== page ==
Using a large database and many alternative methods Dediu and Levinson show that both positions are right: there are universal tendencies for some features to be more stable than others, but individual language families have their own distinctive profile. These distinctive profiles can then be used to probe ancient relations between what are today independent language families.
"Using this technique we find for instance probable connections between the languages of the Americas and those of NE Eurasia, presumably dating back to the peopling of the Americas 12,000 years or more ago," Levinson explains. "We also find likely connections between most of the Eurasian language families, presumably pre-dating the split off of Indo-European around 9000 years ago."
From the paper:
Quite convincing is the evidence that Core Eurasian families (comprising Altaic – or Mongolic + Turkic –, Dravidian, Indo-European, Uralic and the Caucasian families) might form a group (p=0.0013, 5 methods, and , p=0.094, 4 methods, when controlling for geography).The authors were also able to reject the "broad" Afroasiatic group "comprising Afro-Asiatic, Indo-European, Dravidian and Uralic". I think this makes some sense, since Afroasiatic is basically an African language family with a Near Eastern offshoot, so I did not expect it to group with the Eurasian language families.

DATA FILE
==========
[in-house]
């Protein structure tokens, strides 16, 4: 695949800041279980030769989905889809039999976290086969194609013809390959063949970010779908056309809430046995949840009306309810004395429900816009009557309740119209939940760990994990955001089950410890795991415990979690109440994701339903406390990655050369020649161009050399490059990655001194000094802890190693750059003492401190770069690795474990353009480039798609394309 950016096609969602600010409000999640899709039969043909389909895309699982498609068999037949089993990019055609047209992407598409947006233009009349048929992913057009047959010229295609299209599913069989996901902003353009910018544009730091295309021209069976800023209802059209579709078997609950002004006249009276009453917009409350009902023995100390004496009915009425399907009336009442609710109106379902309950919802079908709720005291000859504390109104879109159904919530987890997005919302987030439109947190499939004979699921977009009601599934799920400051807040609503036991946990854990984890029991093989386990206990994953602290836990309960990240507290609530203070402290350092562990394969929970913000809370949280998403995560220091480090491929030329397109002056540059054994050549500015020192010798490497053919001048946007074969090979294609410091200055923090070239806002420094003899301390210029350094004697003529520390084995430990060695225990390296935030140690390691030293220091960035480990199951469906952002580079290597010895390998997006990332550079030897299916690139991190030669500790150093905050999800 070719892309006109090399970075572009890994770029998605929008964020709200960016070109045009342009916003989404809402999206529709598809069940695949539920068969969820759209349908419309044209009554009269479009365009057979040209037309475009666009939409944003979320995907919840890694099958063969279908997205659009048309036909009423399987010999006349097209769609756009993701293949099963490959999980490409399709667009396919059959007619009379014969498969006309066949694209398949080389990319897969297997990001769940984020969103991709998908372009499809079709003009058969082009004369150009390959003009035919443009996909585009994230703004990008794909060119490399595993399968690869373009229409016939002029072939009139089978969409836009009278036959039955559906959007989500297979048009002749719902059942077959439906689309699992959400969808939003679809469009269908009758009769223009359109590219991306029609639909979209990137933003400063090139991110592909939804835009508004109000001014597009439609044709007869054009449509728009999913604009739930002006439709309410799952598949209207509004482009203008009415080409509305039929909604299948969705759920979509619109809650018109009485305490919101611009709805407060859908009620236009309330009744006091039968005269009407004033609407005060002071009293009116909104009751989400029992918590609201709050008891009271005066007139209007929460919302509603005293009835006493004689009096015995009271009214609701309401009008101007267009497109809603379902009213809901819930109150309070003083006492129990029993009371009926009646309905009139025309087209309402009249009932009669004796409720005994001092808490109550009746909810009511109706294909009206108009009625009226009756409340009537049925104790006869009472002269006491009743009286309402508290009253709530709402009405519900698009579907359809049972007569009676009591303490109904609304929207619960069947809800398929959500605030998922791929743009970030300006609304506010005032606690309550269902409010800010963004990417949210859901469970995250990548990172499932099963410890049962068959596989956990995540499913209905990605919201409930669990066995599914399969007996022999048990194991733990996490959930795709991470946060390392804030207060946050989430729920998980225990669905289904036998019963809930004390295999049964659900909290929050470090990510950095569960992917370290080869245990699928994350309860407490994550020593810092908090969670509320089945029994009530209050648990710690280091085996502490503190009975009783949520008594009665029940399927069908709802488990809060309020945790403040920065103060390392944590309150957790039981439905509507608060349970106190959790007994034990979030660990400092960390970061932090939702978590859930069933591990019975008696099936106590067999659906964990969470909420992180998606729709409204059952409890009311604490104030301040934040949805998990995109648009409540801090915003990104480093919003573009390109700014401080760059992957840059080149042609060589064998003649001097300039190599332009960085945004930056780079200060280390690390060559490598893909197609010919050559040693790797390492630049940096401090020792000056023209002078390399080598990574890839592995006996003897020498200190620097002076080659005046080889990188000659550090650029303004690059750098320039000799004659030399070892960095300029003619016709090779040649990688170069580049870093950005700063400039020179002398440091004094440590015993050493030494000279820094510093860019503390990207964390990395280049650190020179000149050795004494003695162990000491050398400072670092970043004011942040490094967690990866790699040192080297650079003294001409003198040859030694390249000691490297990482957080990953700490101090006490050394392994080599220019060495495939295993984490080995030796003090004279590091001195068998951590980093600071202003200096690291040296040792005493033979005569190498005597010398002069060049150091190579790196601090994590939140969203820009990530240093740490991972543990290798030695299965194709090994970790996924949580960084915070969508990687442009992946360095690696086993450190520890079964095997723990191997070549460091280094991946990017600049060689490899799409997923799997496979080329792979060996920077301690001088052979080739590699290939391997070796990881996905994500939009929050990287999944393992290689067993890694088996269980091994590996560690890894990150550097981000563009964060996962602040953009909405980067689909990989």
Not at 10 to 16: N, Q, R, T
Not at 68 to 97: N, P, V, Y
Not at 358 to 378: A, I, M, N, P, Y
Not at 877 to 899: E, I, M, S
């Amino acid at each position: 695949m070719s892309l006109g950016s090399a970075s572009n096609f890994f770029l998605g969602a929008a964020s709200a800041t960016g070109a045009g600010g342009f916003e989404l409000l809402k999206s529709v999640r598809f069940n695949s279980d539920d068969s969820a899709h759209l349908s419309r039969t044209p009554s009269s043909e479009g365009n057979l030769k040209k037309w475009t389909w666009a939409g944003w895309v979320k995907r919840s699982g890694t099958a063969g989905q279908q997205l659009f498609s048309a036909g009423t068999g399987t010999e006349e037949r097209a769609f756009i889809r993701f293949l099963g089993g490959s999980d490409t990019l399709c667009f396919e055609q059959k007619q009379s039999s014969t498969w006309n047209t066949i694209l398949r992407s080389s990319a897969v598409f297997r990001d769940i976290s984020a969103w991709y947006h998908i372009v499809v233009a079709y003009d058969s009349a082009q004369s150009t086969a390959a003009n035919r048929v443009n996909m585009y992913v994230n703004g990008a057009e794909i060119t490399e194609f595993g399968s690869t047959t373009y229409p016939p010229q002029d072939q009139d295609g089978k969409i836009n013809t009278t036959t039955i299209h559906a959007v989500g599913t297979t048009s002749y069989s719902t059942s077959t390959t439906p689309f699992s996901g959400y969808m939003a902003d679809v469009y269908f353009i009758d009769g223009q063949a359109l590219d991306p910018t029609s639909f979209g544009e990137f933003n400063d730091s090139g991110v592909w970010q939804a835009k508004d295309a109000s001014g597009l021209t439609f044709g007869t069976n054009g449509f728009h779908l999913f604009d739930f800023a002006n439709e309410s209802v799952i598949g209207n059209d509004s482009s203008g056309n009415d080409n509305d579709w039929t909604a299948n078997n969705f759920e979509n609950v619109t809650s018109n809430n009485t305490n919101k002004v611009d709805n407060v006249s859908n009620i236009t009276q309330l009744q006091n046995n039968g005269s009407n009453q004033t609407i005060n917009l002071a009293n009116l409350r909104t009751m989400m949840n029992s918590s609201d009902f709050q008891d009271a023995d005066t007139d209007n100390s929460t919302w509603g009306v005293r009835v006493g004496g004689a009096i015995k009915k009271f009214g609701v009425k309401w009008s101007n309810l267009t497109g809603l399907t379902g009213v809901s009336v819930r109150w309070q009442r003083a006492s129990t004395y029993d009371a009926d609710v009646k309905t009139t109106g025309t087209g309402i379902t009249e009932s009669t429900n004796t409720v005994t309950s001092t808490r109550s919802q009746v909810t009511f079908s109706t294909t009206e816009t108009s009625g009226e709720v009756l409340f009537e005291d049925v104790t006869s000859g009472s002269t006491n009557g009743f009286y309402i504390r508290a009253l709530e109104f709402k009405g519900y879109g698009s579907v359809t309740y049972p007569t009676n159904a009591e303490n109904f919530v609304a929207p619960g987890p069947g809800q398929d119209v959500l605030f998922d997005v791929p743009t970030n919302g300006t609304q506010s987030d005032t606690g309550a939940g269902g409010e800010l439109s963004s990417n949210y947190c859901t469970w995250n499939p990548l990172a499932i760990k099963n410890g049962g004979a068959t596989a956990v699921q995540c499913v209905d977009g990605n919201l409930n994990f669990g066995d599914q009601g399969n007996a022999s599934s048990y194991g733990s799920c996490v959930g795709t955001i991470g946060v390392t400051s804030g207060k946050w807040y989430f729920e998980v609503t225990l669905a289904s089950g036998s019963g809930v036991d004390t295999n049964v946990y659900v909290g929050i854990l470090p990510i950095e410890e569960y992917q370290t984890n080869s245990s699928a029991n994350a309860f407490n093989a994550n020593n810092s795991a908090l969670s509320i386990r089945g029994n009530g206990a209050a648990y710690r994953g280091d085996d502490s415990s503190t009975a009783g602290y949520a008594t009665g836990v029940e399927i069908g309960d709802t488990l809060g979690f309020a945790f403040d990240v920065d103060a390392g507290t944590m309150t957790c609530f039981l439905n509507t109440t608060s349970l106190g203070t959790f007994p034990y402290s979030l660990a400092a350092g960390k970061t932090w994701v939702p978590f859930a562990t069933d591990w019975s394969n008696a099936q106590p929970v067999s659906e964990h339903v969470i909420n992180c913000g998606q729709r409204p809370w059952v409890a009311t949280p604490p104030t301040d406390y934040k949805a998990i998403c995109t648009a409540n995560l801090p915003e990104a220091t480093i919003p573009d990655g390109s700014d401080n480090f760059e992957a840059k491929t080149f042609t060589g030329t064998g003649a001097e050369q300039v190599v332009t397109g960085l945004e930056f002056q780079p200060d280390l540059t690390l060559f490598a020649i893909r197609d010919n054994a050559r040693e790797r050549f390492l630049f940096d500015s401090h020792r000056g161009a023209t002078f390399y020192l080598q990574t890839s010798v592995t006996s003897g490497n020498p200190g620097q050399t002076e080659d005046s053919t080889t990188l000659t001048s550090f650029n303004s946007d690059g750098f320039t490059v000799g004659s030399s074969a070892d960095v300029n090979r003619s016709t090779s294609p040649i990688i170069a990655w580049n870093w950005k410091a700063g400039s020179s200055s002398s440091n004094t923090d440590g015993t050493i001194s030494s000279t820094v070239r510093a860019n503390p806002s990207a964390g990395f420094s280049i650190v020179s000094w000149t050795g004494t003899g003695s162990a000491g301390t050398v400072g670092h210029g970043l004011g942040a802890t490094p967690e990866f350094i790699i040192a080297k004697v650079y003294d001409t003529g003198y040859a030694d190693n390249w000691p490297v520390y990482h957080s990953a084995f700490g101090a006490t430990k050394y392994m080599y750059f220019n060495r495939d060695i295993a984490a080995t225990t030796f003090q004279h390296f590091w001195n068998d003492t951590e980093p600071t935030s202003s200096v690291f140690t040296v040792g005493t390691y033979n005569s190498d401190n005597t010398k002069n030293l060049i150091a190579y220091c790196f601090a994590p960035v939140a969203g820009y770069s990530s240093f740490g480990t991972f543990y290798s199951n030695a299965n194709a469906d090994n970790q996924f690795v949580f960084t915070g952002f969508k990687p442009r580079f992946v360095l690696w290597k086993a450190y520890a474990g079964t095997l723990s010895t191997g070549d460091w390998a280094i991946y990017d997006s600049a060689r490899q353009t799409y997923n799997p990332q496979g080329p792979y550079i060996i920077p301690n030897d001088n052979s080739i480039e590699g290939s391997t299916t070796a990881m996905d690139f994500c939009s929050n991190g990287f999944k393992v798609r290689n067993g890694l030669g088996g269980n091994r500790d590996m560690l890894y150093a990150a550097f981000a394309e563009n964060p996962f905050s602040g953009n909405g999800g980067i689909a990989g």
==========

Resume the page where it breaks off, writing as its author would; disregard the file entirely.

The Core Eurasian group seems very interesting in light of accumulating evidence about contacts between human groups across Eurasia. Such a group is pushing the limits of what can be inferred using linguistic data, and, perhaps, archaeogenetics might provide some evidence that might be used to plausibly argue for such a relatively broad group.
PLoS ONE 7(9): e45198. doi:10.1371/journal.pone.0045198
Abstract Profiles of Structural Stability Point to Universal Tendencies, Family-Specific Factors, and Ancient Connections between Languages
Dan Dediu, Stephen C. Levinson
Language is the best example of a cultural evolutionary system, able to retain a phylogenetic signal over many thousands of years. The temporal stability (conservatism) of basic vocabulary is relatively well understood, but the stability of the structural properties of language (phonology, morphology, syntax) is still unclear. Here we report an extensive Bayesian phylogenetic investigation of the structural stability of numerous features across many language families and we introduce a novel method for analyzing the relationships between the “stability profiles” of language families. We found that there is a strong universal component across language families, suggesting the existence of universal linguistic, cognitive and genetic constraints. Against this background, however, each language family has a distinct stability profile, and these profiles cluster by geographic area and likely deep genealogical relationships. These stability profiles seem to show, for example, the ancient historical relationships between the Siberian and American language families, presumed to be separated by at least 12,000 years, and possible connections between the Eurasian families. We also found preliminary support for the punctuated evolution of structural features of language across families, types of features and geographic areas. Thus, such higher-level properties of language seen as an evolutionary system might allow the investigation of ancient connections between languages and shed light on the peopling of the world.